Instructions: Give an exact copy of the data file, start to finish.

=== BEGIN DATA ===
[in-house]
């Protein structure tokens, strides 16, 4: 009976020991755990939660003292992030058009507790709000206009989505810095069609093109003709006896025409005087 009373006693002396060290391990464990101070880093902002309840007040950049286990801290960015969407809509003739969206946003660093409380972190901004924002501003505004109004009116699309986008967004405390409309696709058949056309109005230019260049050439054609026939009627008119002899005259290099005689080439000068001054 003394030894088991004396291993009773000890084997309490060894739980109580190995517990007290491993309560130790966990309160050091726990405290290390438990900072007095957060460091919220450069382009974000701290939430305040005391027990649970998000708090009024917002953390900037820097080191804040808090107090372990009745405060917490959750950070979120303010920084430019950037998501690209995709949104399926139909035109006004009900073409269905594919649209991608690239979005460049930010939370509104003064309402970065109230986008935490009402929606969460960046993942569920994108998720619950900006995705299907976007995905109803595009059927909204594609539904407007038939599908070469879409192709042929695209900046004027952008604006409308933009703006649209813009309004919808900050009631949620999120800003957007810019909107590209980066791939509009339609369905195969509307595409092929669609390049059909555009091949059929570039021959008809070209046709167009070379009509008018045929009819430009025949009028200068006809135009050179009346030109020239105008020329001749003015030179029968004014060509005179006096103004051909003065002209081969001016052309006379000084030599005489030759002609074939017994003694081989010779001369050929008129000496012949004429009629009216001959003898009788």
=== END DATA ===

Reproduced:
[in-house]
């Protein structure tokens, strides 16, 4: 009976020991755990939660003292992030058009507790709000206009989505810095069609093109003709006896025409005087 009373006693002396060290391990464990101070880093902002309840007040950049286990801290960015969407809509003739969206946003660093409380972190901004924002501003505004109004009116699309986008967004405390409309696709058949056309109005230019260049050439054609026939009627008119002899005259290099005689080439000068001054 003394030894088991004396291993009773000890084997309490060894739980109580190995517990007290491993309560130790966990309160050091726990405290290390438990900072007095957060460091919220450069382009974000701290939430305040005391027990649970998000708090009024917002953390900037820097080191804040808090107090372990009745405060917490959750950070979120303010920084430019950037998501690209995709949104399926139909035109006004009900073409269905594919649209991608690239979005460049930010939370509104003064309402970065109230986008935490009402929606969460960046993942569920994108998720619950900006995705299907976007995905109803595009059927909204594609539904407007038939599908070469879409192709042929695209900046004027952008604006409308933009703006649209813009309004919808900050009631949620999120800003957007810019909107590209980066791939509009339609369905195969509307595409092929669609390049059909555009091949059929570039021959008809070209046709167009070379009509008018045929009819430009025949009028200068006809135009050179009346030109020239105008020329001749003015030179029968004014060509005179006096103004051909003065002209081969001016052309006379000084030599005489030759002609074939017994003694081989010779001369050929008129000496012949004429009629009216001959003898009788």